Simmer a few more minutes and then add your onions, simmering again till the onions are soft.

Put some rice in each bowl (this makes four servings) and your gyudon on top. Don't forget to add some of the pan juices and also a mound of the reddy-pink pickled ginger.

This is Mama-cooking at its finest and most comforting. Can't you just taste that tender beef with the umami flavors of soy, mirin, and just a hint of sugar-sweetness to round it off?

Okazu. Me likey. I love rice and anything that goes on top is just icing for the ricing.

(And more coming up on the blog this week!)

Tuesday, July 19, 2011

pbj obento

Joel had a peanut butter and jelly "3" sammie for his age, a dinosaur, and a bear (just use cookie cutters!). Some cashews and dried cranberries, too.

Now watch this. Layer up...

And the chocolate car cookie we made earlier rests happily on car and train dividers...

That's all, folks!

Monday, July 18, 2011

onigiri/omusubi obento

On a recent zoo trip when we were meeting some friends for lunch and animal-visiting, I packed some obento for the kiddiewinks and me. The beanies each had a fish and a star onigiri (also called omusubi) with tuna salad inside, tamago (egg) furikake on top, and wrapped in nori (seaweed). (I have onigiri molds in all kinds of fun shapes! It's also easy to make small bite-sized rice balls by taking a bit of rice and filling and then twisting it in a piece of plastic wrap.) They also got treated to some ginger carrots, dried cranberries, and some of our favorite snacks: ginger cookies in the shape of pretzels.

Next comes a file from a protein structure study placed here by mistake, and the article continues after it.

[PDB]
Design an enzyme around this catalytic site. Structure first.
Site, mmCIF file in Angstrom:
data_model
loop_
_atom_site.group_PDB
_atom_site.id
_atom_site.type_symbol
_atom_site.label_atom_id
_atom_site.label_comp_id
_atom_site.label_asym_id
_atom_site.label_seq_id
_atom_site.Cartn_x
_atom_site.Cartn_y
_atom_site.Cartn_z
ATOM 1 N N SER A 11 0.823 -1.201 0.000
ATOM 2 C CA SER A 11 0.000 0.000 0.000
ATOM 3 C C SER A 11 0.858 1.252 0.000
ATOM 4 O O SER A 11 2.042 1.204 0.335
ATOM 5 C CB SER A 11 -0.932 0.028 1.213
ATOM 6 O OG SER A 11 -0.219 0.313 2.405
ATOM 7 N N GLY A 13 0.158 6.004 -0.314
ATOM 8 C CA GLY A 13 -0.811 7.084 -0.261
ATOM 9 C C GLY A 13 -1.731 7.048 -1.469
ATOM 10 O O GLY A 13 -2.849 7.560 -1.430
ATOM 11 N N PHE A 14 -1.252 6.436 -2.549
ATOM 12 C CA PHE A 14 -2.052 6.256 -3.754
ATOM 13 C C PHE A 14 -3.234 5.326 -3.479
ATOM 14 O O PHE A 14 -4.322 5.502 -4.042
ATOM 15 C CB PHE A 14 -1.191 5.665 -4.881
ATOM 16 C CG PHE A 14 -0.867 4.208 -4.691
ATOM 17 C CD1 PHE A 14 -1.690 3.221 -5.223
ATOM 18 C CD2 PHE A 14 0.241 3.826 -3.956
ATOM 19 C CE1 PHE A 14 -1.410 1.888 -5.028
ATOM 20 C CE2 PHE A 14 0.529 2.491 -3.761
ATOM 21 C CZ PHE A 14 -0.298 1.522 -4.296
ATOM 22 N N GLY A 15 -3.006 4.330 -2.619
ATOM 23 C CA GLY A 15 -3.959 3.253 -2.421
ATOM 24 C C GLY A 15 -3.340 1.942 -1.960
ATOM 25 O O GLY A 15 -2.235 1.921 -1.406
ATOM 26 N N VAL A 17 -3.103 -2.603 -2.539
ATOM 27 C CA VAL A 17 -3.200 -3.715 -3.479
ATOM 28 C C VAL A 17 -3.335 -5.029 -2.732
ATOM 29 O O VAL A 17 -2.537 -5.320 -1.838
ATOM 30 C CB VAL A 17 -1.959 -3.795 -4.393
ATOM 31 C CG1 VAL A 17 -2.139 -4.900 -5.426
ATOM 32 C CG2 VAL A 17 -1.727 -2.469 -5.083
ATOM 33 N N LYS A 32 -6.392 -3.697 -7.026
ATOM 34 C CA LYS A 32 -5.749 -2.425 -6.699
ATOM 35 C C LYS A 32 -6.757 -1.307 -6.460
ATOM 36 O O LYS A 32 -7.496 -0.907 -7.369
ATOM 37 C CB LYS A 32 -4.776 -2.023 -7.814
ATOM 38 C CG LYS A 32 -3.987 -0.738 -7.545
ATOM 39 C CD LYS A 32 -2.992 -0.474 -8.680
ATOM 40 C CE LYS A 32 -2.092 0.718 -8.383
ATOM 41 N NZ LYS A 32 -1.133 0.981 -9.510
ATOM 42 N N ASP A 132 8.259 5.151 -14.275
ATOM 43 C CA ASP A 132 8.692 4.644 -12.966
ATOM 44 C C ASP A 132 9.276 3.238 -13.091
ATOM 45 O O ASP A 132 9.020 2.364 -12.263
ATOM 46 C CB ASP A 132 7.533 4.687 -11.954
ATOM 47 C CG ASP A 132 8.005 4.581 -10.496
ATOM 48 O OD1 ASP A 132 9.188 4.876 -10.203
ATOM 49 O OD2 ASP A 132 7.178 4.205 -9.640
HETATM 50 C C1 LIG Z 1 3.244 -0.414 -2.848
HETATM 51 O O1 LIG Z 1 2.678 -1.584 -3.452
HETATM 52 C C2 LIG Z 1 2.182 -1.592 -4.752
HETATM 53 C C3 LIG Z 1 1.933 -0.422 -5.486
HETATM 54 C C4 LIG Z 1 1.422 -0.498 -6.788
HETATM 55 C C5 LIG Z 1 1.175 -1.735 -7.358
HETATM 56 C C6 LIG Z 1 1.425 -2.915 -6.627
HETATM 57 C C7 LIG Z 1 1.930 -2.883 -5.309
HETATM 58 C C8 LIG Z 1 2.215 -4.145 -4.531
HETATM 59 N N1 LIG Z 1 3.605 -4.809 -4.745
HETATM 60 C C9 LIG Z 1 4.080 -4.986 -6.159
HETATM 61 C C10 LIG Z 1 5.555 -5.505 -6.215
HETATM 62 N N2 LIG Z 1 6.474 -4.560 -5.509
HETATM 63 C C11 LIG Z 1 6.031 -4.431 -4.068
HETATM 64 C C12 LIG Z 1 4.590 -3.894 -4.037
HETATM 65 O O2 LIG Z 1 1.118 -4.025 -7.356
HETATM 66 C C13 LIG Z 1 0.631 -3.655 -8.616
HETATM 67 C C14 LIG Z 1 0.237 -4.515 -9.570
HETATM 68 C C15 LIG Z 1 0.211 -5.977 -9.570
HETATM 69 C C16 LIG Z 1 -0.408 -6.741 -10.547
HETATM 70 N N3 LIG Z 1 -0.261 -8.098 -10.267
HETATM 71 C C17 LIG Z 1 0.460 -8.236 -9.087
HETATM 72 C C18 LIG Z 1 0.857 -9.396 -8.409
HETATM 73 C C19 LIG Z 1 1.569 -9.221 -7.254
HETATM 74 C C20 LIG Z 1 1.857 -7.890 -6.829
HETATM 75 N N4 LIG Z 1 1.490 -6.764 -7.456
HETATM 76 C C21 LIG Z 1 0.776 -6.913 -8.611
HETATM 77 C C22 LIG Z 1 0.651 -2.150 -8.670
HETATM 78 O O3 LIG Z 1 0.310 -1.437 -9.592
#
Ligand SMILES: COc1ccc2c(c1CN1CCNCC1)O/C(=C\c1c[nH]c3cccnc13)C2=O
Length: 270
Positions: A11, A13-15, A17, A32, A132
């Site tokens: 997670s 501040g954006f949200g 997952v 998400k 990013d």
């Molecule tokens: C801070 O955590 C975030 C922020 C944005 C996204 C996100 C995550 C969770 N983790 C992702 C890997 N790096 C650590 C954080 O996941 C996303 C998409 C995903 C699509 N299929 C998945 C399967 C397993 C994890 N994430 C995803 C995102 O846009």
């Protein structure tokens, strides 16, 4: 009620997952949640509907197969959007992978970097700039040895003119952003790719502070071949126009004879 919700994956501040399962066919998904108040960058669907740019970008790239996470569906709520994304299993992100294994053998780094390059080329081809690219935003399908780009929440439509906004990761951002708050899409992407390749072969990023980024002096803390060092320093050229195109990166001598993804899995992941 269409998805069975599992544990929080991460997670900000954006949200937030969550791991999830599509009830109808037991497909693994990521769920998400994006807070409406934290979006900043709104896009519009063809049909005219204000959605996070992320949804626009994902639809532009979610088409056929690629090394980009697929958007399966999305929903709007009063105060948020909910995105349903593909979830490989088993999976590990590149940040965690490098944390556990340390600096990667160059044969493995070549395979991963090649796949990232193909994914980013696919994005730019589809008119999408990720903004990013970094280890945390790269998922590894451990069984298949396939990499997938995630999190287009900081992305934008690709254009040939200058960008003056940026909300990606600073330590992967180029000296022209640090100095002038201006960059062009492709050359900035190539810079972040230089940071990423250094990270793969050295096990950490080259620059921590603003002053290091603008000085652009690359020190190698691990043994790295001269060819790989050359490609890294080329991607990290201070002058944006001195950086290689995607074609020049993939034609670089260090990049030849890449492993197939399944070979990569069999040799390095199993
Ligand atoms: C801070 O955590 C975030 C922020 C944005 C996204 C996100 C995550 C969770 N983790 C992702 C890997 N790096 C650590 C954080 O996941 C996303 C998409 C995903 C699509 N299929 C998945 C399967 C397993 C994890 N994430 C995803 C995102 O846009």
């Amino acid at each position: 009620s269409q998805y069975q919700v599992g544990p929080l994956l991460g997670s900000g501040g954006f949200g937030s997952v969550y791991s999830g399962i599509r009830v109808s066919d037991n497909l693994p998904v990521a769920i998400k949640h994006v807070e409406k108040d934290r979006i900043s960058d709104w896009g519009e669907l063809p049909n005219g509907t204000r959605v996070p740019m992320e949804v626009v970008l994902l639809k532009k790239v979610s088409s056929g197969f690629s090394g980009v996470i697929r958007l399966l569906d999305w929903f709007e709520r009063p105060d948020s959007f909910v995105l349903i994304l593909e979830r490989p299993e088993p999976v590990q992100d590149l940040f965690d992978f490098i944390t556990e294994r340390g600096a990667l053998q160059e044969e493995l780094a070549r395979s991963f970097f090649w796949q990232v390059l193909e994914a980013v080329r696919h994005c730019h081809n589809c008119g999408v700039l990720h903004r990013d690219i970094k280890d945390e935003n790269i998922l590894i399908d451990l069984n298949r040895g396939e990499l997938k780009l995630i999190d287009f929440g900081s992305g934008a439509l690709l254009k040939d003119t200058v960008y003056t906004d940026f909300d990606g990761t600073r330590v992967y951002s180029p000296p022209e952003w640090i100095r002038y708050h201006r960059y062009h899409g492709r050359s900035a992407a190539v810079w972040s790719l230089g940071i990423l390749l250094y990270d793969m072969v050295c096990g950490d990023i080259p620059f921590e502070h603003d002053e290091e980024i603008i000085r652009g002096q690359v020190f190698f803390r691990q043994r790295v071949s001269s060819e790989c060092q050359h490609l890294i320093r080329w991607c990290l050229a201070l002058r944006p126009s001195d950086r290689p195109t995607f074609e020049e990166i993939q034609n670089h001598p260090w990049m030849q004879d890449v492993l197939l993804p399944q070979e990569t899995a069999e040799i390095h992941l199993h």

You can see my mama-bento in the back: triangle-shaped onigiri with tuna salad inside, ginger cookie-pretzels, and ginger carrots.

These obento gave us plenty of energy to run around with friends, go hunting for animals, and climb like crazy in the Zoomazium.

It's a zoo out there. Better have your obento.

Saturday, July 16, 2011

i think we're turning japanese...

When we miss Japan (which is a lot, to be honest), I pull some of our old favorites out of a hat. Our tummies are warmed and in turn, our hearts.

You can't beat red (aka) miso soup with a stick, but stick your chopsticks in and slurp right up. This batch had enoki mushrooms, collard greens, daikon radish, carrots, onions, and our newest obsession: Island Spring organic tofu, made across the Puget Sound on Vashon Island. Gorgeous stuff.


Salad with greens from my garden, grated carrots, tomatoes, edamame, and Japanese sesame dressing.

Ginger carrots, though not necessarily Japanese in origin, go really well with a Japanese meal. I used to follow the recipe from More with Less but I've made it so often I just wing it now: Boil some chopped carrots, drain the water, then add butter, powdered ginger, and either honey or brown sugar.